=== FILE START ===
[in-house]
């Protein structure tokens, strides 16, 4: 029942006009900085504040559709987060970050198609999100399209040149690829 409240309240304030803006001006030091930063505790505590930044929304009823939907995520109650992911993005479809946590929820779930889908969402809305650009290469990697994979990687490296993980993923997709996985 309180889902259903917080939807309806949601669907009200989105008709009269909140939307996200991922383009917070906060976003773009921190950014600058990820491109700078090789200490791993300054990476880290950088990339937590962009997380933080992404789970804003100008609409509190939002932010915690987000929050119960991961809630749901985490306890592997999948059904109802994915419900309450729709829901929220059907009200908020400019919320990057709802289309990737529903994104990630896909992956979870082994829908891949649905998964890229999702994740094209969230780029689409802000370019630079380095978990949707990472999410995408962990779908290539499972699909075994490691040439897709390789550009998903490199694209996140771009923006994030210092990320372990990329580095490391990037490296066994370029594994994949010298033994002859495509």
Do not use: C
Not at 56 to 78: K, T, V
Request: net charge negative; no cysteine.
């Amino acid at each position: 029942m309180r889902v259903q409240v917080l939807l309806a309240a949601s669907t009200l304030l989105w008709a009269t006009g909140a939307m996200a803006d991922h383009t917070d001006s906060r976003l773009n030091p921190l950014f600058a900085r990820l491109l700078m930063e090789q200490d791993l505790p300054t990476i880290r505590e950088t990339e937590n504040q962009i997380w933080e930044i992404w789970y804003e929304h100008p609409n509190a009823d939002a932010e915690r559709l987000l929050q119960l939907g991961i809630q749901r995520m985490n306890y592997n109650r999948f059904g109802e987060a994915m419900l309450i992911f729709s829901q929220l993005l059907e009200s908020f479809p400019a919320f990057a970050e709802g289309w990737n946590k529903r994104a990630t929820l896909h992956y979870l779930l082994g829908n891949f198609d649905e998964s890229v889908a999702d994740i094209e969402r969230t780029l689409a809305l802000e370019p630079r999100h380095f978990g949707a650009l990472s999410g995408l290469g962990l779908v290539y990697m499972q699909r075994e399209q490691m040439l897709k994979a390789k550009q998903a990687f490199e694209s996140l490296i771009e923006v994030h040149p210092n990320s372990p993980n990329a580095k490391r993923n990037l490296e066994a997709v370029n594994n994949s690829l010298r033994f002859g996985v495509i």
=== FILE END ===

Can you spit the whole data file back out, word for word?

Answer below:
[in-house]
């Protein structure tokens, strides 16, 4: 029942006009900085504040559709987060970050198609999100399209040149690829 409240309240304030803006001006030091930063505790505590930044929304009823939907995520109650992911993005479809946590929820779930889908969402809305650009290469990697994979990687490296993980993923997709996985 309180889902259903917080939807309806949601669907009200989105008709009269909140939307996200991922383009917070906060976003773009921190950014600058990820491109700078090789200490791993300054990476880290950088990339937590962009997380933080992404789970804003100008609409509190939002932010915690987000929050119960991961809630749901985490306890592997999948059904109802994915419900309450729709829901929220059907009200908020400019919320990057709802289309990737529903994104990630896909992956979870082994829908891949649905998964890229999702994740094209969230780029689409802000370019630079380095978990949707990472999410995408962990779908290539499972699909075994490691040439897709390789550009998903490199694209996140771009923006994030210092990320372990990329580095490391990037490296066994370029594994994949010298033994002859495509």
Do not use: C
Not at 56 to 78: K, T, V
Request: net charge negative; no cysteine.
């Amino acid at each position: 029942m309180r889902v259903q409240v917080l939807l309806a309240a949601s669907t009200l304030l989105w008709a009269t006009g909140a939307m996200a803006d991922h383009t917070d001006s906060r976003l773009n030091p921190l950014f600058a900085r990820l491109l700078m930063e090789q200490d791993l505790p300054t990476i880290r505590e950088t990339e937590n504040q962009i997380w933080e930044i992404w789970y804003e929304h100008p609409n509190a009823d939002a932010e915690r559709l987000l929050q119960l939907g991961i809630q749901r995520m985490n306890y592997n109650r999948f059904g109802e987060a994915m419900l309450i992911f729709s829901q929220l993005l059907e009200s908020f479809p400019a919320f990057a970050e709802g289309w990737n946590k529903r994104a990630t929820l896909h992956y979870l779930l082994g829908n891949f198609d649905e998964s890229v889908a999702d994740i094209e969402r969230t780029l689409a809305l802000e370019p630079r999100h380095f978990g949707a650009l990472s999410g995408l290469g962990l779908v290539y990697m499972q699909r075994e399209q490691m040439l897709k994979a390789k550009q998903a990687f490199e694209s996140l490296i771009e923006v994030h040149p210092n990320s372990p993980n990329a580095k490391r993923n990037l490296e066994a997709v370029n594994n994949s690829l010298r033994f002859g996985v495509i």